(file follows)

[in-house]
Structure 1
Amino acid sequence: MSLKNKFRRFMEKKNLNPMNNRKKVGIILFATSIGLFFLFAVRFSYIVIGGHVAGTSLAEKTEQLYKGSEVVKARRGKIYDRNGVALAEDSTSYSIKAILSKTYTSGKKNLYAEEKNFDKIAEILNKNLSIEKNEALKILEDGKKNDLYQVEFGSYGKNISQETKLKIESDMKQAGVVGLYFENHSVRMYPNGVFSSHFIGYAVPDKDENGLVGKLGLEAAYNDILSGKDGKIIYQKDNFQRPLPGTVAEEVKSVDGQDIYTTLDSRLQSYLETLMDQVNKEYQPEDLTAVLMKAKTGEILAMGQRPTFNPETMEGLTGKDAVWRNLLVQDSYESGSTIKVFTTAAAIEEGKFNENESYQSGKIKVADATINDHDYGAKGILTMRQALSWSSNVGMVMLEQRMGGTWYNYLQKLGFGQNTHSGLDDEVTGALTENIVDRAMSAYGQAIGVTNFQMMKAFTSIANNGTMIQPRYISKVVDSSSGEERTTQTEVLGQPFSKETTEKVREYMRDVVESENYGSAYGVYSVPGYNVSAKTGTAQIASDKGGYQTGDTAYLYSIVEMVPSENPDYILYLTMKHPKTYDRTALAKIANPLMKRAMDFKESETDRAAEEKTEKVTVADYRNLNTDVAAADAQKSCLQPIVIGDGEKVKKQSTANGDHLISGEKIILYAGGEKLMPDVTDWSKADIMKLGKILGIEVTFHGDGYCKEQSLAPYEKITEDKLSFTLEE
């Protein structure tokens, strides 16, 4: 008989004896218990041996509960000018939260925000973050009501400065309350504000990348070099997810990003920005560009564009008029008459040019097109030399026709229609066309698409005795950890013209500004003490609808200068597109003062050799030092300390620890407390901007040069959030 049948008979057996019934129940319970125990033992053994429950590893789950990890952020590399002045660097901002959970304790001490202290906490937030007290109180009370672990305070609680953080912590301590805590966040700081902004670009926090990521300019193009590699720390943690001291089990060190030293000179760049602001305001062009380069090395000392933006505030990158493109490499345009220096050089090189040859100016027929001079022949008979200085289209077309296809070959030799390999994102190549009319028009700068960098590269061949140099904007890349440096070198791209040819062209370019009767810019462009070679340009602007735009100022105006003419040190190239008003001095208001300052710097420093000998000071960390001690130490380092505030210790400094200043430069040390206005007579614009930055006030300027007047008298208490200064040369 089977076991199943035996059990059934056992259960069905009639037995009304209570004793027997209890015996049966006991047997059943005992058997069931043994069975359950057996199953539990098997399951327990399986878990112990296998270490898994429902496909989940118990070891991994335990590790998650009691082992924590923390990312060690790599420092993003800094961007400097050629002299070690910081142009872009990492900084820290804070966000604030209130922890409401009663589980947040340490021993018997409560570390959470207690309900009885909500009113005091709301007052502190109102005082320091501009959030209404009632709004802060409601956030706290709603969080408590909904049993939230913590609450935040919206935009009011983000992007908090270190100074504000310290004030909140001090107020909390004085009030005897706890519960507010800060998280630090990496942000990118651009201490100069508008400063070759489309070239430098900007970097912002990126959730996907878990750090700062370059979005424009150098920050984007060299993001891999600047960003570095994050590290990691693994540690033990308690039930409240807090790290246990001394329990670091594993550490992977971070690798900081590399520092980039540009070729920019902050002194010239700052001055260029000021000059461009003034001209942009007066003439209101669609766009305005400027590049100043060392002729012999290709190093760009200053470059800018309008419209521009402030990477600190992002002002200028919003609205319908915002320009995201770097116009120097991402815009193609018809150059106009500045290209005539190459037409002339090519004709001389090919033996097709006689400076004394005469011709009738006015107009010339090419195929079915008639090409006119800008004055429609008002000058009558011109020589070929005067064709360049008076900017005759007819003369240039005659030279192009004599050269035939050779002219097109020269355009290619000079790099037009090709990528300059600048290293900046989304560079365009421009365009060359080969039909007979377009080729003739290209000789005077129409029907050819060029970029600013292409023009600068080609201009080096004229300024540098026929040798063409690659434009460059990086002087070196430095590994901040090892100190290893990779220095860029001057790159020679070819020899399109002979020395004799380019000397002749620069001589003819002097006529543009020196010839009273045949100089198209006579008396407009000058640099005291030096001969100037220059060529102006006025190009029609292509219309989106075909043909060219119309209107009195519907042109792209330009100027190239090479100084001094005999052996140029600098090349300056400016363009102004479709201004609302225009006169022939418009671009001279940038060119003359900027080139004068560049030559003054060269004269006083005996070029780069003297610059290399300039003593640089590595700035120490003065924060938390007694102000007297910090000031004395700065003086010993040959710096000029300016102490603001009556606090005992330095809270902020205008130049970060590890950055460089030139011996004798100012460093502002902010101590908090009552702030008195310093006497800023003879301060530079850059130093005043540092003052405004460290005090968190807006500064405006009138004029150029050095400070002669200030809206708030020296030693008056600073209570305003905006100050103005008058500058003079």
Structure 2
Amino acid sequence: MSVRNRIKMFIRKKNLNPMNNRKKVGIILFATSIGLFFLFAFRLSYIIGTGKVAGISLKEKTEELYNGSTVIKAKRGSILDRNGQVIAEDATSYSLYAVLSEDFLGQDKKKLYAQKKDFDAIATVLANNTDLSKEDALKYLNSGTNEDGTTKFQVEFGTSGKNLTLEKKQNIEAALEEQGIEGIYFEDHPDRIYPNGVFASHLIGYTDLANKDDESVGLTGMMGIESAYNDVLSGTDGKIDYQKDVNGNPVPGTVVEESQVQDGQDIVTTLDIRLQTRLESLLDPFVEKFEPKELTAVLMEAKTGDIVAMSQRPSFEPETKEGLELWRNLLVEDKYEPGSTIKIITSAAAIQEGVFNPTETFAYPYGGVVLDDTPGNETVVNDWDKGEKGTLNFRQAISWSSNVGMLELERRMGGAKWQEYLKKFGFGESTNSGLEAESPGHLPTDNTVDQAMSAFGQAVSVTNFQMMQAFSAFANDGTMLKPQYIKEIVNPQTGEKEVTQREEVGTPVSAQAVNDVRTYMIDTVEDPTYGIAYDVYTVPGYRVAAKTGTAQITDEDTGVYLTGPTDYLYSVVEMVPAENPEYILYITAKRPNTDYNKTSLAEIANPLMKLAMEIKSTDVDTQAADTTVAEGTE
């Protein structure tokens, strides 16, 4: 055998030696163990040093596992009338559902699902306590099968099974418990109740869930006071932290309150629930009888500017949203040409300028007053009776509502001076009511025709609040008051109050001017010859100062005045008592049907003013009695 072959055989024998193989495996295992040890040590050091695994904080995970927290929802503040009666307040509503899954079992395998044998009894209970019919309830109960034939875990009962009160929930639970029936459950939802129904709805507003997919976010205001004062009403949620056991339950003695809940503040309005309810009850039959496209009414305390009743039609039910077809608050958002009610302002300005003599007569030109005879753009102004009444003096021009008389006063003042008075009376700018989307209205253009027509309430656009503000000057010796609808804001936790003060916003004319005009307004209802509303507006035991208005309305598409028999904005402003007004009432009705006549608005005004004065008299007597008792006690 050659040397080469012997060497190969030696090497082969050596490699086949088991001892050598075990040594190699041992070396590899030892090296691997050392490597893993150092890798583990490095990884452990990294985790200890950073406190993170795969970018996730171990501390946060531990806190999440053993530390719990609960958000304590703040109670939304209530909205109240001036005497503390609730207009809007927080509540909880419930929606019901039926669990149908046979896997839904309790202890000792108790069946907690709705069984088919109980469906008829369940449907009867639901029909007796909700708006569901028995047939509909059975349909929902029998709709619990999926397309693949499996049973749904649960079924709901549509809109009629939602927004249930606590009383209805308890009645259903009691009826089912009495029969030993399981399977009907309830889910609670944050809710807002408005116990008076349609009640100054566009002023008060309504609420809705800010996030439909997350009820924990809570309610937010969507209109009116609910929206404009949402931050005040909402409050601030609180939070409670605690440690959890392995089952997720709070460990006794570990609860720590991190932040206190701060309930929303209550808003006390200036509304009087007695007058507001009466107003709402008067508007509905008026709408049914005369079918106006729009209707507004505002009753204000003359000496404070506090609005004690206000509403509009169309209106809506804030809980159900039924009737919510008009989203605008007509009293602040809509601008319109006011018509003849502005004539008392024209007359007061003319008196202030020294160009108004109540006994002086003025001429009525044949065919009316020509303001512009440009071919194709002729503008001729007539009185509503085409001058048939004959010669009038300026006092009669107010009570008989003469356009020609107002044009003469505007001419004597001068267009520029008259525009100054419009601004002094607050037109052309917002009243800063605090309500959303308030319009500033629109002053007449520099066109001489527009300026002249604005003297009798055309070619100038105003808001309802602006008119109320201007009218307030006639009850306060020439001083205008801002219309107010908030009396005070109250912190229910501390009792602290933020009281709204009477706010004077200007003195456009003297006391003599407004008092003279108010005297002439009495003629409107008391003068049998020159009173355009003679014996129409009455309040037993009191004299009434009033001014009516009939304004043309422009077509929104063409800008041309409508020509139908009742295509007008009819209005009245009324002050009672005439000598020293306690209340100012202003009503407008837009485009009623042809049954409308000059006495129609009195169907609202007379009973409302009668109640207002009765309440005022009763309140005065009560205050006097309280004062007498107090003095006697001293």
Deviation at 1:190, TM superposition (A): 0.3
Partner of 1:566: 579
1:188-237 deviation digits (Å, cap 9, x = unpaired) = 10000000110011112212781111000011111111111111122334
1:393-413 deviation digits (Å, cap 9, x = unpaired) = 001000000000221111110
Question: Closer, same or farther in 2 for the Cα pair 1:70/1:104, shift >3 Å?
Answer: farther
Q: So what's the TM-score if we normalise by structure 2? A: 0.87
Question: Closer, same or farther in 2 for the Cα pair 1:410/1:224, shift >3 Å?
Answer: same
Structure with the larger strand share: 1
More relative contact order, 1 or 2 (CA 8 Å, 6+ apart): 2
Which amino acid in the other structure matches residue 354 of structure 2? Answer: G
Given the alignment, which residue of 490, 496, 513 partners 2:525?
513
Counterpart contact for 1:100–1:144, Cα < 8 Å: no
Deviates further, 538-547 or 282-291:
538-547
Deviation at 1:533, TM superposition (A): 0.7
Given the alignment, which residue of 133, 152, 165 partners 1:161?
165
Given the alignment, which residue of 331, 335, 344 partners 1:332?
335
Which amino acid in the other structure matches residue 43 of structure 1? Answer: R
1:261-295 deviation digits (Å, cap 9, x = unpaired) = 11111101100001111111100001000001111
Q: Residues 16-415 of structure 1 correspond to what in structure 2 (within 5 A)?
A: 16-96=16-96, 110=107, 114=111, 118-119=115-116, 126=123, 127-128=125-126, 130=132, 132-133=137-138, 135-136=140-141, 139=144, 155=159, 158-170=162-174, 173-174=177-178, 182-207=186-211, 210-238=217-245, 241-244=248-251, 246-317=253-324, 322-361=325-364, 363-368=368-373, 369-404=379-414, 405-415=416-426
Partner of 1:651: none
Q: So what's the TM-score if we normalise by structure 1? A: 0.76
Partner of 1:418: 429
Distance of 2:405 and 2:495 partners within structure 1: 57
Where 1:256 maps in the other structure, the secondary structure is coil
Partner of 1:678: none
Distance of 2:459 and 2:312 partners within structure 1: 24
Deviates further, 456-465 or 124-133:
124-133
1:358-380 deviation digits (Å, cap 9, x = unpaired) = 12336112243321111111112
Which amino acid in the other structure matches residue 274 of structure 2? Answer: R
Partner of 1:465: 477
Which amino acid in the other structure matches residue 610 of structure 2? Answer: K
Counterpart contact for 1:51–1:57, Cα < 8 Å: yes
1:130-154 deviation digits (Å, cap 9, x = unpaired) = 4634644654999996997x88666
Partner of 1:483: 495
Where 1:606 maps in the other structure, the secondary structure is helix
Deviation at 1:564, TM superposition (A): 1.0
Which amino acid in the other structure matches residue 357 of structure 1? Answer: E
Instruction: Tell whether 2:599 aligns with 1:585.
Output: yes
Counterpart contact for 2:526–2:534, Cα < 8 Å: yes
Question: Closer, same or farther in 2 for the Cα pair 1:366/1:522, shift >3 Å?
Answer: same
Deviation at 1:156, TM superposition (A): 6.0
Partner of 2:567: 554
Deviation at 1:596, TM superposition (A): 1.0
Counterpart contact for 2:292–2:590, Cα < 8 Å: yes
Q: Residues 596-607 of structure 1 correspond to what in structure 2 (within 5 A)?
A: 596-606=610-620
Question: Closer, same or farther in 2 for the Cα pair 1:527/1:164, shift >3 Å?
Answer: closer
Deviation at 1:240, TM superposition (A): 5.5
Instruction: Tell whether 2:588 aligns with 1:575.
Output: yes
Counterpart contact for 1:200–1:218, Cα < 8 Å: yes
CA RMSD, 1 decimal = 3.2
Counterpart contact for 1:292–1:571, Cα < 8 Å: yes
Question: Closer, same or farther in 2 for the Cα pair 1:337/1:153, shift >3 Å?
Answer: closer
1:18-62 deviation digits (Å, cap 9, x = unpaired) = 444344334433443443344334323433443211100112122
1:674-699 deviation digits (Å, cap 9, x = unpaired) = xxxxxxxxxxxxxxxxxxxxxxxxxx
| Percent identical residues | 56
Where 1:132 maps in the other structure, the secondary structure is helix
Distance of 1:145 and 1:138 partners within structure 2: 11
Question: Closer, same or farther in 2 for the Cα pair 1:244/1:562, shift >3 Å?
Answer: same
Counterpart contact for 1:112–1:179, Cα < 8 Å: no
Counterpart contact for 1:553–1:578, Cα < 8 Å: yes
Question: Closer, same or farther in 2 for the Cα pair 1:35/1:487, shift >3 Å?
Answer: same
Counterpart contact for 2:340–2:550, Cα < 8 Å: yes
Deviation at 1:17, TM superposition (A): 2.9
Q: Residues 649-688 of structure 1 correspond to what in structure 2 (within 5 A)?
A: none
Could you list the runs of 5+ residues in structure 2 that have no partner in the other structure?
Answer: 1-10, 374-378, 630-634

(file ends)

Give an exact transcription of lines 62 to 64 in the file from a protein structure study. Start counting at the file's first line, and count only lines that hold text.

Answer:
Q: Residues 596-607 of structure 1 correspond to what in structure 2 (within 5 A)?
A: 596-606=610-620
Question: Closer, same or farther in 2 for the Cα pair 1:527/1:164, shift >3 Å?